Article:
Pill Popping is Encouraged....
The label told you what it was, how many to take - and when - and the name of the doctor.
Pretty straight forward.
Then the glass bottles became plastic ones.
Child-proof lids were added.
Now, my 30-day supply of a single medicine is delivered in a flat, stackable blister pack. Yikes.
In the pharmaceutical business community, it was hailed as a magnificent advance.
Unfortunately, now a patient has to overcome a child proof step, pull the 30-day supply out of its package and pop each pill through the tin foil.
The pharmacist no longer uses the cute little "butter knife" to count and slide the selected pills across a funneled tray.
They are NOT placed in a handy, easy to use, and store, bottle.
(Does the druggist not see that this eliminates another reason to even have a registered pharmacist on staff?)
A clerk can go to the shelves for the prepackaged dosage and slap it down on the counter, along with chewing gum, cough drops, vitamins and other OTC (Over The Counter) products.
Who needs years of training and the ability to answer health questions and give helpful advice?
Oh, and if the patient is elderly and perhaps has arthritic joints and stiff fingers, popping pills off a card might be a problem.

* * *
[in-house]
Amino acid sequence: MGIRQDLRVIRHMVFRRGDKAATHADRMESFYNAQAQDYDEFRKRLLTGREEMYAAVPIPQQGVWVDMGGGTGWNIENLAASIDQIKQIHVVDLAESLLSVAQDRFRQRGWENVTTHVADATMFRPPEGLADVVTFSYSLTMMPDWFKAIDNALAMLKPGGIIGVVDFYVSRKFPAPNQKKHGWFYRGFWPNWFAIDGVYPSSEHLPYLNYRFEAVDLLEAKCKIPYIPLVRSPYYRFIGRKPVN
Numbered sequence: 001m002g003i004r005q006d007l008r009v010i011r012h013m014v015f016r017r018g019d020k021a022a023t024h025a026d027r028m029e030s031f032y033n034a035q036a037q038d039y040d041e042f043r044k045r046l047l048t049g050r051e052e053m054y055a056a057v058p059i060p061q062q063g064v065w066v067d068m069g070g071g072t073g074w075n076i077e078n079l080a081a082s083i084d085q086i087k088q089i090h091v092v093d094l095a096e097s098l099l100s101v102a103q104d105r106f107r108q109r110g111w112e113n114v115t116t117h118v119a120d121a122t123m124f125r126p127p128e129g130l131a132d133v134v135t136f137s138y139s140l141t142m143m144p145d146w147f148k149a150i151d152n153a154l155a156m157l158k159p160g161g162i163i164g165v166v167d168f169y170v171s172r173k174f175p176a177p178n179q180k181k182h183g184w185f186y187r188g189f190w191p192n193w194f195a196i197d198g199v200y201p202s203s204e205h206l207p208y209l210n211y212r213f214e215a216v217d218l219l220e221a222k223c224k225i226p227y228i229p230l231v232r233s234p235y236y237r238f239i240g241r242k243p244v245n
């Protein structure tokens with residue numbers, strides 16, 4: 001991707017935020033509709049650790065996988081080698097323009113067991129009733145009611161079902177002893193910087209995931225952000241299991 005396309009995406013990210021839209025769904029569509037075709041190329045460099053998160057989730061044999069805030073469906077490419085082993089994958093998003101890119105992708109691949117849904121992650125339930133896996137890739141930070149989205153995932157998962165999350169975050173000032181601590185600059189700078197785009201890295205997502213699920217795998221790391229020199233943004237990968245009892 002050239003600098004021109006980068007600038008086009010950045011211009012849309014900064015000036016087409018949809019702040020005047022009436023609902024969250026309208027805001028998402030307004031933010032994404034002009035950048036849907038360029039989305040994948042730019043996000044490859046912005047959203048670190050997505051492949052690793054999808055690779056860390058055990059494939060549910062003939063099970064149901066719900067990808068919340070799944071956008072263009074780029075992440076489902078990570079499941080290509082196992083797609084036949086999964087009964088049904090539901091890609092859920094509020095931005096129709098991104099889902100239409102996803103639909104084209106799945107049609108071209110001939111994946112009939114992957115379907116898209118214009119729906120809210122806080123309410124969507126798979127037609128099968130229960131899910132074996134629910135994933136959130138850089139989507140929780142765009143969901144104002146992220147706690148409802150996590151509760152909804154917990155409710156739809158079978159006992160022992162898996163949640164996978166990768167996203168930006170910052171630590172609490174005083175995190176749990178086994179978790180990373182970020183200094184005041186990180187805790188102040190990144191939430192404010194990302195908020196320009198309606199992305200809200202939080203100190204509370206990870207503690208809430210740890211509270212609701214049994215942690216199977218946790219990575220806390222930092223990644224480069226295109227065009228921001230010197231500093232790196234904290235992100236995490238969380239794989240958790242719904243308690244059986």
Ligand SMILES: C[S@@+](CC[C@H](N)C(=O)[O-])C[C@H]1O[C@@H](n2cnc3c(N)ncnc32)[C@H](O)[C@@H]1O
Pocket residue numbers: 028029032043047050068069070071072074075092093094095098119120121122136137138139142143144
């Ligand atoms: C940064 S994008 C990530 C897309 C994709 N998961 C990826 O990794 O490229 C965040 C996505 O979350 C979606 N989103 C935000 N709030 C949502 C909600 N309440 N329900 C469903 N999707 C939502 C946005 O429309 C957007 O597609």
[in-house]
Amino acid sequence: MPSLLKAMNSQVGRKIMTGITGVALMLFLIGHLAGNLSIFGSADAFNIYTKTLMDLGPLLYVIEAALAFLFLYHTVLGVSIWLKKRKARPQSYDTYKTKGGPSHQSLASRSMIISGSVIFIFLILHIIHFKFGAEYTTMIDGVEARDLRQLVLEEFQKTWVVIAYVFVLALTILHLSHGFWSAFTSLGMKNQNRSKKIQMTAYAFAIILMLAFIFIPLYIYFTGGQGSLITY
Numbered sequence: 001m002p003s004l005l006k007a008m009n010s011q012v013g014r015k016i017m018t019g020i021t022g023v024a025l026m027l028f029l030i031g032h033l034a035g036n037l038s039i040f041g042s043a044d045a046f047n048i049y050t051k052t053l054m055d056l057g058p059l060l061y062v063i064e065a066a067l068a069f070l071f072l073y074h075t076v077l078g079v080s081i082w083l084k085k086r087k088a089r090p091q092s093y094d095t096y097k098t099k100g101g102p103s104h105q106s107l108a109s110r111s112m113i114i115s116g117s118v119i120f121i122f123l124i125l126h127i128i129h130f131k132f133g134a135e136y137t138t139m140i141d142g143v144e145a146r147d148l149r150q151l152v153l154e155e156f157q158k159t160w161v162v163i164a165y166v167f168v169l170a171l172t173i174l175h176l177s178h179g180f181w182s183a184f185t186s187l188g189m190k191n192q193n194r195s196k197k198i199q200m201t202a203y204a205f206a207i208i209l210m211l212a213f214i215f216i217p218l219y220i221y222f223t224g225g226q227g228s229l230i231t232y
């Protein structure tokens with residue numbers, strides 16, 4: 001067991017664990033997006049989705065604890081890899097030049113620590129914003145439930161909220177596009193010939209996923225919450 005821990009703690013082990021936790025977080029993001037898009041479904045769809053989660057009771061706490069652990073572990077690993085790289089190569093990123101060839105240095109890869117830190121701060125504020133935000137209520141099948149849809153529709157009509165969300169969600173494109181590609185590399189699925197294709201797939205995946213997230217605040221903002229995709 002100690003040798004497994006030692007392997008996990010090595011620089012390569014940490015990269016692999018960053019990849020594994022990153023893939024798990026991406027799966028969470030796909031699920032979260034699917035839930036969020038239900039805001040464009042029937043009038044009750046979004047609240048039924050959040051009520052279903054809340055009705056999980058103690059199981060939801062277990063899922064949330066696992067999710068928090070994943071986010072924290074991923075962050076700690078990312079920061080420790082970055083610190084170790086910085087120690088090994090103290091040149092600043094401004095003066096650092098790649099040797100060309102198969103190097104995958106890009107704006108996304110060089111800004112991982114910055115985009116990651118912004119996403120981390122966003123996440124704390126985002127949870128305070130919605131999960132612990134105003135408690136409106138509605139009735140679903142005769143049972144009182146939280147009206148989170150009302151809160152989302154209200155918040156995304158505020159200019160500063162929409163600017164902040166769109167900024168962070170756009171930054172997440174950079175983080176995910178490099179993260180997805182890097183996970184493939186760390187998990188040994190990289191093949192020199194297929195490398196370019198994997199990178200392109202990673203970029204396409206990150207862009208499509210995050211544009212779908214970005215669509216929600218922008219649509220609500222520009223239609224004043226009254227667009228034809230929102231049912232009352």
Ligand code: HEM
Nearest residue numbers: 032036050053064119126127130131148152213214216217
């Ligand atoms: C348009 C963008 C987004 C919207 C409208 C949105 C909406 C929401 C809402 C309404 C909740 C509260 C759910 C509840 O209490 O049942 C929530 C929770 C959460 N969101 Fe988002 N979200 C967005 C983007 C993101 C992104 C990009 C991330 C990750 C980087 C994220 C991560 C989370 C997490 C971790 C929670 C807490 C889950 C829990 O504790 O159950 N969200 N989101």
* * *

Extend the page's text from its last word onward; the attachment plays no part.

As for me, my cat sits beneath the kitchen table, waiting for a pill I've popped to roll off the edge and hit the floor to become either a toy or a cat treat.
I buy my meds in 90-day lots. That used not to be a problem but now I have to pinch and poke three 30-day cards and transfer them to a plastic bottle.
"take twice daily," so there now are six (6) blister packs with which to contend for each.
All of those flat packages would overflow my medicine cabinet.
So, I take the time and effort to accomplish what my drug store used to do.
I asked my Big Box pharmacy if I could "go back" to the earlier way of storing and setting up my daily doses.
I was told that no, this is the way it is.*
But among competitive stores, I feel sure there is another one that will want my Rx business.
Should not have to travel all the way out to California either.
Hmmm. I used to drop off all my black & white film at a local Walgreens for developing and making prints.
Maybe it's time to go reacquaint myself with the store in my neighborhood.
Be interesting to ask the pharmacist what he or she thinks of these easy-to-serve prescription blister packs.
Who would have thought that trained professionals could be replaced by a clerk.
Ah, but I remember when Kodak was THE leader in photography before digital came along. Things change. Including customer service.
(Click on the photos for more details.)
The blister pack is a tough pill to swallow.
*Update: The pharmacist at my nearby Walgreens said they can refill my prescriptions by counting and sliding the correct pills into bottles. They also will arrange to have all my Rx data sent from my Big Box store. Good to know for next time.
Labels: Big Box store, competition among drug dealers, corner drug store, customer service, CVS, friendly Pharmacist, pill popping., prescription blister packs, Rite Aid of Beverly Hills, Sam's Club, Walgreens